A truce for Christmas, and for the Pope’s visit
It will be Christmas soon. And the longest celebration of Christmas anywhere in the world will be made more special with Pope Francis’ visit in January.
The season of peace, love and giving requires a slowdown, indeed a truce, on conflicts and confrontations. It is time to pause and clear the air to allow for much-needed breathing space. Too much hype on serious matters can take some easing.
The Senate blue ribbon subcommittee hearings are one venue where easing can be beneficial. The animosity among the players seems to be intensifying as the hearings continue. The coverage of the inquiry is expanding, with the Department of Justice joining the fray. Understandably, Vice President Jejomar Binay is fighting back. One response from him is deemed a “veiled threat” against his “persecutors” who, he says, have been engaged in the so-called “Oplan Stop Nognog 2016” to prevent him from becoming president. This is serious stuff. The sound bite is potential vengeance from someone who was once said to be a heartbeat away from the presidency. God forbid that something extreme happens.
A truce will not mean stopping the pursuit of the truth that will be in aid of good governance and push the cause of integrity in the government. Instead, a truce will give all parties concerned the opportunity to put together what they have in support of their different positions. It will even provide room for individual soul-searching and encourage the parties to do whatever they are doing earnestly, to pursue what is true and, for a change, serve the common good.
In the process, the sessions after the truce may then be conducted with respect, demonstrated and shown to one another. In the process, too, the parties may be led to make fundamental decisions based solidly on the truth, which will give hope to the people that our government officials can go beyond personal ambitions, after all.
A truce will not mean stopping the inquiry into the unexplained wealth of Philippine National Police Director General Alan Purisima, which has taken the back-burner with the front pages and prime time hogged by the Senate hearings concerning the Vice President. It must be expected that after the truce, definitive reports shall have been completed to determine exactly how the inquiry concerning Purisima can find closure.
The same is true for the “hulidap” cops involved in the broad-daylight caper on Edsa in September. The prosecution needs to establish the case and be ready to pursue it so that those who abuse their power will learn that justice has to be served.
And the investigation of the murder of Jeffrey “Jennifer” Laude will move forward with deliberate resolve without the emotional appeal being used by parties who pursue other agenda beyond the possible hate-crime nature of the killing. It’s already heavy stuff as it is. Compounded by the Visiting Forces Agreement and the Enhanced Defense Cooperation Agreement, the matter becomes highly complex and fiery. The Laude family is grieving and its emotional response is understandable. The sympathies shared with the Laudes will serve the cause better if expressed with respect.
What seems to be fading in our society today is respectful interaction with one another. There are so many adversarial confrontations that exacerbate conflicts. The paths that lead to desired and mutually beneficial resolutions are not taken. Power saber-rattling appears to be the norm.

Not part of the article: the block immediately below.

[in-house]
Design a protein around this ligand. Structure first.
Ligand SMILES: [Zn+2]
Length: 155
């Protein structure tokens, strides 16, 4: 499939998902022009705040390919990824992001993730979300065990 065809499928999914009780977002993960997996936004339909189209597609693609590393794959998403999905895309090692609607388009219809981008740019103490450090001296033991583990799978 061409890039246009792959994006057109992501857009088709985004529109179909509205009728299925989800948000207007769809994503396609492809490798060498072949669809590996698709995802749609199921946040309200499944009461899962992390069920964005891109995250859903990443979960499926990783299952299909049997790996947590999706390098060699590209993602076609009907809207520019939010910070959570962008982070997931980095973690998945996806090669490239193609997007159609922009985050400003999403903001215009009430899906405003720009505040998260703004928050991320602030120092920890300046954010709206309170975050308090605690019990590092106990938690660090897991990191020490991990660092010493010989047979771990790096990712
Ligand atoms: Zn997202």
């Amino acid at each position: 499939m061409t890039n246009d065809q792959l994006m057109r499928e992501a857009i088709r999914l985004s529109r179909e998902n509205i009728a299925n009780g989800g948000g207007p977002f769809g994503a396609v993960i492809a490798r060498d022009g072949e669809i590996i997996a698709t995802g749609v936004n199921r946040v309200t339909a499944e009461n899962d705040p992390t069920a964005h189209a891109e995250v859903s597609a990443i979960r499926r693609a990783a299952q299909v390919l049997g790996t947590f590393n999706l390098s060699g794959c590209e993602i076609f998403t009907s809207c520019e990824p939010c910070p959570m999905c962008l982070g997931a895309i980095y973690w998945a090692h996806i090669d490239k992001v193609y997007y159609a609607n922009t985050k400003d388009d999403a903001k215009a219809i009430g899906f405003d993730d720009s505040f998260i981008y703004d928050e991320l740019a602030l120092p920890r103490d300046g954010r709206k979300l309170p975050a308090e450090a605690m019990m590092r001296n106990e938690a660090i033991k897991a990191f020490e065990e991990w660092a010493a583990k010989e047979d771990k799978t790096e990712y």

On the economic front, specifically in the public-private partnership program, conflicts abound, too. For one, the common-station issue for LRT-1, MRT-3 and MRT-7 remains unresolved as nonfinancial factors come into play. The pending contract award for the Cavite-Laguna Expressway (Calax) is seeking Solomon’s wisdom for resolution. It is time the parties concerned looked inwardly and considered options that serve not only their self-interests but also the country as a whole. They have controlled most PPP projects, anyway.
The issue of the Disbursement Acceleration Program has stuck a wedge between the executive and judicial branches. Caught in the crossfire is the economy, which has slowed down significantly with government spending decelerating. (Flashback to 77 years ago, when President Franklin Delano Roosevelt led the US economy out of the Great Depression with his New Deal. FDR had his confrontation with the US Supreme Court. He lost his so-called “court-packing scheme” in the Senate but subsequently earned the support of conservative justices for his liberal economic agenda.) In a Christmas truce, as our justices take a pause, they may find merit that economic realities can call for extreme measures that, on the surface, may go against legal norms. The real threat to constitutionalism is continuing poverty while the political and economic elite continue to amass wealth.
The growth of the Philippine economy has slowed down to just over 6 percent after the Supreme Court’s ruling on the DAP. The economy could be growing on a sustained basis by more than 7 percent annually with government spending as booster. This can make the economic pie much bigger—more for sharing with the people. And more jobs will be generated.
It is time to pause. But hard work will continue, albeit quietly, for the pursuits everyone must accomplish. It is the intense confrontations that must go. Then this Christmas will be truly blessed. And when Pope Francis visits in January, he will find a people deserving of their bragging right: a truly Christian nation.
Danilo S. Venida ([email protected] gmail.com) holds undergraduate and postgraduate degrees from the University of the Philippines and the Center for Research and Communication/University of Asia and the Pacific. He is a former president of the Philippine Daily Inquirer and is now a business consultant.
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